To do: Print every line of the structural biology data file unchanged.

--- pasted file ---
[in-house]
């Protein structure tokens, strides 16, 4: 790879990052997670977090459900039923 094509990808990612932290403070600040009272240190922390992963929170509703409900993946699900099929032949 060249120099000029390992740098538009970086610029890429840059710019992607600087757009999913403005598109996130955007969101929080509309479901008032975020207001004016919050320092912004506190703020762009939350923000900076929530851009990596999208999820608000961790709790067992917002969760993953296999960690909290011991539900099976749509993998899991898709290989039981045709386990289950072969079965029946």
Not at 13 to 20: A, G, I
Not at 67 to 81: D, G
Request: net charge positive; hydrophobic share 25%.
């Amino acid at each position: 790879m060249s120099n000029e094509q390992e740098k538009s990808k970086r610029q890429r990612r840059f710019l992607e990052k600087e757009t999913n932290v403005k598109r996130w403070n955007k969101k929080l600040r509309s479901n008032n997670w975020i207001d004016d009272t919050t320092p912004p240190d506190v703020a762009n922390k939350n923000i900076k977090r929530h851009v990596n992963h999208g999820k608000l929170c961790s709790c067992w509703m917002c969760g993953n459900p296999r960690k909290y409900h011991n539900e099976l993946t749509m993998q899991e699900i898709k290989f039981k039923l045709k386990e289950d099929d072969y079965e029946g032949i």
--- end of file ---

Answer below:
[in-house]
């Protein structure tokens, strides 16, 4: 790879990052997670977090459900039923 094509990808990612932290403070600040009272240190922390992963929170509703409900993946699900099929032949 060249120099000029390992740098538009970086610029890429840059710019992607600087757009999913403005598109996130955007969101929080509309479901008032975020207001004016919050320092912004506190703020762009939350923000900076929530851009990596999208999820608000961790709790067992917002969760993953296999960690909290011991539900099976749509993998899991898709290989039981045709386990289950072969079965029946």
Not at 13 to 20: A, G, I
Not at 67 to 81: D, G
Request: net charge positive; hydrophobic share 25%.
């Amino acid at each position: 790879m060249s120099n000029e094509q390992e740098k538009s990808k970086r610029q890429r990612r840059f710019l992607e990052k600087e757009t999913n932290v403005k598109r996130w403070n955007k969101k929080l600040r509309s479901n008032n997670w975020i207001d004016d009272t919050t320092p912004p240190d506190v703020a762009n922390k939350n923000i900076k977090r929530h851009v990596n992963h999208g999820k608000l929170c961790s709790c067992w509703m917002c969760g993953n459900p296999r960690k909290y409900h011991n539900e099976l993946t749509m993998q899991e699900i898709k290989f039981k039923l045709k386990e289950d099929d072969y079965e029946g032949i």